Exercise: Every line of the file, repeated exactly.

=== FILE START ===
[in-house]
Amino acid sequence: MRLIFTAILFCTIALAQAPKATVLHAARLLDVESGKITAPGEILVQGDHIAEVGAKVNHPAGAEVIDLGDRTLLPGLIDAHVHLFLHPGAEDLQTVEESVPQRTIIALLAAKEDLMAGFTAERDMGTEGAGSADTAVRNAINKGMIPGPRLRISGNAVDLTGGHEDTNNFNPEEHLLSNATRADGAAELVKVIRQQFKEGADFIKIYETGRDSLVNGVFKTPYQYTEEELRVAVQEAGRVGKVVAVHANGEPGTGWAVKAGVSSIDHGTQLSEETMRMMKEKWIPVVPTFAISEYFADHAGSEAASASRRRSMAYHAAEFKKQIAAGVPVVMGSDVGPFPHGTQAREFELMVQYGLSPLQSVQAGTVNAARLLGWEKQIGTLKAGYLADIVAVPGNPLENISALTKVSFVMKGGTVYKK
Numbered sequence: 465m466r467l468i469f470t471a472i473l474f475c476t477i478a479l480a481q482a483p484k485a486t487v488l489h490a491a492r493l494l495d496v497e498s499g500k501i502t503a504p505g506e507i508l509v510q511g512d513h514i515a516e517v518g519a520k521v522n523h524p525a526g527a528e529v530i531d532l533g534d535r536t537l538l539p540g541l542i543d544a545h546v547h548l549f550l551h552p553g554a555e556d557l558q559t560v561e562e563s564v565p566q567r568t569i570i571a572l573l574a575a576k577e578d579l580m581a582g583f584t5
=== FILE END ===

[in-house]
Amino acid sequence: MRLIFTAILFCTIALAQAPKATVLHAARLLDVESGKITAPGEILVQGDHIAEVGAKVNHPAGAEVIDLGDRTLLPGLIDAHVHLFLHPGAEDLQTVEESVPQRTIIALLAAKEDLMAGFTAERDMGTEGAGSADTAVRNAINKGMIPGPRLRISGNAVDLTGGHEDTNNFNPEEHLLSNATRADGAAELVKVIRQQFKEGADFIKIYETGRDSLVNGVFKTPYQYTEEELRVAVQEAGRVGKVVAVHANGEPGTGWAVKAGVSSIDHGTQLSEETMRMMKEKWIPVVPTFAISEYFADHAGSEAASASRRRSMAYHAAEFKKQIAAGVPVVMGSDVGPFPHGTQAREFELMVQYGLSPLQSVQAGTVNAARLLGWEKQIGTLKAGYLADIVAVPGNPLENISALTKVSFVMKGGTVYKK
Numbered sequence: 465m466r467l468i469f470t471a472i473l474f475c476t477i478a479l480a481q482a483p484k485a486t487v488l489h490a491a492r493l494l495d496v497e498s499g500k501i502t503a504p505g506e507i508l509v510q511g512d513h514i515a516e517v518g519a520k521v522n523h524p525a526g527a528e529v530i531d532l533g534d535r536t537l538l539p540g541l542i543d544a545h546v547h548l549f550l551h552p553g554a555e556d557l558q559t560v561e562e563s564v565p566q567r568t569i570i571a572l573l574a575a576k577e578d579l580m581a582g583f584t5